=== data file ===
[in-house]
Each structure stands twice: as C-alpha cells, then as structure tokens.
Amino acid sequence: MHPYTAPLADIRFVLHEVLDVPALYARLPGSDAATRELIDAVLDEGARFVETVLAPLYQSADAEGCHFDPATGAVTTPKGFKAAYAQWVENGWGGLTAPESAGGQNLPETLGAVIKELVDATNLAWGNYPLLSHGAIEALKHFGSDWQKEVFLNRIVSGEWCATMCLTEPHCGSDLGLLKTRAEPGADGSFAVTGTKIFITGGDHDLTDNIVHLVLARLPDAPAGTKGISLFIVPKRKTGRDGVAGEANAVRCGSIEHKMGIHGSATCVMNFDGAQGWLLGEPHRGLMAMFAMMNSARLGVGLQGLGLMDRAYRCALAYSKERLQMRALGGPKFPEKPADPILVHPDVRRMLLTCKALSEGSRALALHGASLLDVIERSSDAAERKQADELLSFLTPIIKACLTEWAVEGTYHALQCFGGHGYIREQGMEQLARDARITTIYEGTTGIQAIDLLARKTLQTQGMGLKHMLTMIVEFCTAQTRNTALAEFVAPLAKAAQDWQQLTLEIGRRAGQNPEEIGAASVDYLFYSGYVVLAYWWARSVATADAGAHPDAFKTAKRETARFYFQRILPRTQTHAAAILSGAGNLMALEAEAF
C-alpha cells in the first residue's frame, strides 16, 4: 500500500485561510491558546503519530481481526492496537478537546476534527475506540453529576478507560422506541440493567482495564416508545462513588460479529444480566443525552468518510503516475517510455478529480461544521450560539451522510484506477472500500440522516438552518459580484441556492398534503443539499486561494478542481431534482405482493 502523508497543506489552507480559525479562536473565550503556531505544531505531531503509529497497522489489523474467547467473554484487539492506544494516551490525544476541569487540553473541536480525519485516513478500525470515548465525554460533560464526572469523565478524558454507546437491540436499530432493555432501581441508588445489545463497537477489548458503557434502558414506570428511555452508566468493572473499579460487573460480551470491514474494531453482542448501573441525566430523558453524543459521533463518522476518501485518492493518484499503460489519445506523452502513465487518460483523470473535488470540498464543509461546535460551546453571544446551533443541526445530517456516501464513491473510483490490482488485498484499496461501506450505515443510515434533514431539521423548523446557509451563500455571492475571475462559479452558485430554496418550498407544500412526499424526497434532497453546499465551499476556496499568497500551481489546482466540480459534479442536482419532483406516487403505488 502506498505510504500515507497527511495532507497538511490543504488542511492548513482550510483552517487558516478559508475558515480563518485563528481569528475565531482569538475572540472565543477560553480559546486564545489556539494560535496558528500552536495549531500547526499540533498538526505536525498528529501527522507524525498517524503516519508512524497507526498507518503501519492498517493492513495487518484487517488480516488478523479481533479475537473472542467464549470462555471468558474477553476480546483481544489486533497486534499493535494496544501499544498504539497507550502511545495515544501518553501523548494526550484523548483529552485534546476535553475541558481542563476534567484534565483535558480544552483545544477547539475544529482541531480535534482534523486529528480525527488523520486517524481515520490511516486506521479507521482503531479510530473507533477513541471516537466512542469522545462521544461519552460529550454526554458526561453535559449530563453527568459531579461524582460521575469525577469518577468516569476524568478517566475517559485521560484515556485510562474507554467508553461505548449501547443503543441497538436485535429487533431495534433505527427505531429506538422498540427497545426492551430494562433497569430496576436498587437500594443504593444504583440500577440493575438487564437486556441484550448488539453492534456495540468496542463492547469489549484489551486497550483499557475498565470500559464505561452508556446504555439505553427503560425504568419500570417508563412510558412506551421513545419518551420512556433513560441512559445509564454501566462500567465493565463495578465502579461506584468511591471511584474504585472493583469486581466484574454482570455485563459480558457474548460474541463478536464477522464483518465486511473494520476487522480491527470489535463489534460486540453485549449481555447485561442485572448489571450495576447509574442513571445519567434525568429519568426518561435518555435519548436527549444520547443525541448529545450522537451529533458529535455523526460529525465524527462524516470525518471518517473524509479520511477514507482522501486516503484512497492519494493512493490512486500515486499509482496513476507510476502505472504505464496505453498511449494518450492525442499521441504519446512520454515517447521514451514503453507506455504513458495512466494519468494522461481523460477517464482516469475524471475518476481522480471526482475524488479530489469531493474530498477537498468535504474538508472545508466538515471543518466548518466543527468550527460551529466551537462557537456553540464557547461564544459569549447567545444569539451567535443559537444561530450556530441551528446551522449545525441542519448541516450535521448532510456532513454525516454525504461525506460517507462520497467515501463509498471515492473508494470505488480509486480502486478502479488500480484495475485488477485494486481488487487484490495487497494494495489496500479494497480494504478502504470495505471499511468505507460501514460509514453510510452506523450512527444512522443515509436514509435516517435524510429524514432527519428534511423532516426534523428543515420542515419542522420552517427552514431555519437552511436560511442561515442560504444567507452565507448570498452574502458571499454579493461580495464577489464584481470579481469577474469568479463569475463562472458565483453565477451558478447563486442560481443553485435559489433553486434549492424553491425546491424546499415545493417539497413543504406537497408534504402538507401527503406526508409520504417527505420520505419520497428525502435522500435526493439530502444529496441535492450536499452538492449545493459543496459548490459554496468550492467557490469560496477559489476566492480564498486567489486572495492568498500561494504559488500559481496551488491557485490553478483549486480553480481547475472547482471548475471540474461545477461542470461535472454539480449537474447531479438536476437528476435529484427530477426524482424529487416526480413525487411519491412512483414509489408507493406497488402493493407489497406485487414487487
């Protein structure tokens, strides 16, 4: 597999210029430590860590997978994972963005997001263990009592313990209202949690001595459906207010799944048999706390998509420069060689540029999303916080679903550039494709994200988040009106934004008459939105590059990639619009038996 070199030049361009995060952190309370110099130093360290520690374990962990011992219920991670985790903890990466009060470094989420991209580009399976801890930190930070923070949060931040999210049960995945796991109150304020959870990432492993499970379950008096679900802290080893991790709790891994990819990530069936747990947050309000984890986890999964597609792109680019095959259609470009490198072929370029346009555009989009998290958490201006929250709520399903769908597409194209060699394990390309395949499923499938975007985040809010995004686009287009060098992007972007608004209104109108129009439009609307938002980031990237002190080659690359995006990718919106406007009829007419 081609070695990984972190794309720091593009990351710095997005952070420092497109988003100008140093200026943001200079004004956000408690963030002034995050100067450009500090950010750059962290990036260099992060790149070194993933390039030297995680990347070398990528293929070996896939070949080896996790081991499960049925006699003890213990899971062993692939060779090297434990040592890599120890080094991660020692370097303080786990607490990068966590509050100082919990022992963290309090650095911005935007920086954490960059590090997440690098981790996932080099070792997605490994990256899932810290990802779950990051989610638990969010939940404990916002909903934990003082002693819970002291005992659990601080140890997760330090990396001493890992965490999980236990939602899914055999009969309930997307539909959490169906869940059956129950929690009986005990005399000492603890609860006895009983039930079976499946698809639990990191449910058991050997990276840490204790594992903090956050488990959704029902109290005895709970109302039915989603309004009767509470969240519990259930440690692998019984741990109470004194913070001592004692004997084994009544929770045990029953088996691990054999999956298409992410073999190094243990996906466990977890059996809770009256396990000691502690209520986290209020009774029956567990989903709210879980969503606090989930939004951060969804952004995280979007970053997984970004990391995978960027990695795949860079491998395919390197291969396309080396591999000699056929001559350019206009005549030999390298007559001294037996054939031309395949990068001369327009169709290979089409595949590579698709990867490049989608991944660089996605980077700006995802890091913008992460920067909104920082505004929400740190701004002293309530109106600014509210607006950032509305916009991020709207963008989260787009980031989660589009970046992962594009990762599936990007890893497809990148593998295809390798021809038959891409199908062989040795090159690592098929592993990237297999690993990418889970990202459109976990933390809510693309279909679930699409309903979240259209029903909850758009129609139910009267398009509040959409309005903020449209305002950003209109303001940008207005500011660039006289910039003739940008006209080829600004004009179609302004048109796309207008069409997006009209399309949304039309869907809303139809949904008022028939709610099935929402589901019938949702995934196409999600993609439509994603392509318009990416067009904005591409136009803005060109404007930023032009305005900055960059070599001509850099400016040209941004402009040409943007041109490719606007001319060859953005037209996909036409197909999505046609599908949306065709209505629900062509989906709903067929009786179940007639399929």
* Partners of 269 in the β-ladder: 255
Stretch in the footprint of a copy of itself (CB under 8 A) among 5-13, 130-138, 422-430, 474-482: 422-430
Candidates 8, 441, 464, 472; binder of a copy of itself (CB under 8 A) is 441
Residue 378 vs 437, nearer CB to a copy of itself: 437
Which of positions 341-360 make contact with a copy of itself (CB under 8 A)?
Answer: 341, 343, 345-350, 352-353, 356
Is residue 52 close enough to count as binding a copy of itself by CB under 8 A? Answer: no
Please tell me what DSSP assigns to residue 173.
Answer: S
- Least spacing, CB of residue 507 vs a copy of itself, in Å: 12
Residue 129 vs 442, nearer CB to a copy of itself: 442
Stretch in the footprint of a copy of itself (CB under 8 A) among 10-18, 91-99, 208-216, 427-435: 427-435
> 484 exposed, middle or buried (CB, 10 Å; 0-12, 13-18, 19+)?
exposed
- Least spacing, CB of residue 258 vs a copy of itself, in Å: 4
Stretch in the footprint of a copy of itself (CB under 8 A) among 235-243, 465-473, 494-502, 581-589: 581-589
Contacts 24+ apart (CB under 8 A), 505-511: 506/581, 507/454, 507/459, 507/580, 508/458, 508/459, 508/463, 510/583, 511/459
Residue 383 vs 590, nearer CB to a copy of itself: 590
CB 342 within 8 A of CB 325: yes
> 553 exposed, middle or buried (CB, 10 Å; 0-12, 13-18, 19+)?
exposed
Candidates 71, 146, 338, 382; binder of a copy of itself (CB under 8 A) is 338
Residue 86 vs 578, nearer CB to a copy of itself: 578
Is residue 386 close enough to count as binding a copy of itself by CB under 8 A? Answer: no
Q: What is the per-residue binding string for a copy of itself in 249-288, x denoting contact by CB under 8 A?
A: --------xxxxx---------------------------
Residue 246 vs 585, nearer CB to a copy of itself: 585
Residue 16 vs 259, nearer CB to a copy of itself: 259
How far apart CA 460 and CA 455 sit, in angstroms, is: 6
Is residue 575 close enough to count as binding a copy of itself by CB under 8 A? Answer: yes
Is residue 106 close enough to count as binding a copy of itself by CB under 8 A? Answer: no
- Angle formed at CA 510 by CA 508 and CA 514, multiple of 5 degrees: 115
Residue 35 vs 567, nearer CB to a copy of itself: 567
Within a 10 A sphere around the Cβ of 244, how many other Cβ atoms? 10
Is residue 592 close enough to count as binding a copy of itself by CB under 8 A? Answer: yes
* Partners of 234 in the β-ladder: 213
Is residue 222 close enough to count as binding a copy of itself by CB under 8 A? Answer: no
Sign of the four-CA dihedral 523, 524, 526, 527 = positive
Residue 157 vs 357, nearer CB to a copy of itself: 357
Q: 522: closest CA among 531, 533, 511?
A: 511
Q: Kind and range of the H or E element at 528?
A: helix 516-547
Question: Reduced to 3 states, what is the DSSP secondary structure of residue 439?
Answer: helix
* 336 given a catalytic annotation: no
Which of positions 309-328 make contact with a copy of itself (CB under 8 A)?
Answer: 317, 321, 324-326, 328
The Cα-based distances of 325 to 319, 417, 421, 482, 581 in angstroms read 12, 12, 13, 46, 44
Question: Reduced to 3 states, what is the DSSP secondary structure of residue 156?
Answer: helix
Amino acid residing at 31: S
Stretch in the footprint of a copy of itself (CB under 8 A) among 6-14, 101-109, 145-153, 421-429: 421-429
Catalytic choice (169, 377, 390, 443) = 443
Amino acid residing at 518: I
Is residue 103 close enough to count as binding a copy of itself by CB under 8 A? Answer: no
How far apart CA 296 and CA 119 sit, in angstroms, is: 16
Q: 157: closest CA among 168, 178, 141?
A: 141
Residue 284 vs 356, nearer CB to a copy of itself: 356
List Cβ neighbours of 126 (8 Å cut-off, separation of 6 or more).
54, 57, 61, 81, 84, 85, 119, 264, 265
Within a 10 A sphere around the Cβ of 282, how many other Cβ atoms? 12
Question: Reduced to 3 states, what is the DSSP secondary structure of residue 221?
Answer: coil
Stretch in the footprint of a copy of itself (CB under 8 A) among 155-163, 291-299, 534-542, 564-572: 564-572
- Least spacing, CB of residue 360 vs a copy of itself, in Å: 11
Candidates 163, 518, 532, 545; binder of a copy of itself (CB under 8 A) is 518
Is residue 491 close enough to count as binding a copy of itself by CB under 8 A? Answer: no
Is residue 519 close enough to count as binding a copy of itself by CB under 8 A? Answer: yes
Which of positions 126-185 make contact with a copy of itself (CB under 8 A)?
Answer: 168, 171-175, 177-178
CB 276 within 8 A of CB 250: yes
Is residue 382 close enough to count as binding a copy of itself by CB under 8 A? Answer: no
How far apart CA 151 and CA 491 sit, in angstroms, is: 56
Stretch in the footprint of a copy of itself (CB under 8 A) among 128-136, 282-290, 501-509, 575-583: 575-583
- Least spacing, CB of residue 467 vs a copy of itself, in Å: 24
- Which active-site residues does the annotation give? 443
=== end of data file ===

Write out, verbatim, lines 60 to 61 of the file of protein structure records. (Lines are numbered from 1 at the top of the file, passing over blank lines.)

Amino acid residing at 518: I
Is residue 103 close enough to count as binding a copy of itself by CB under 8 A? Answer: no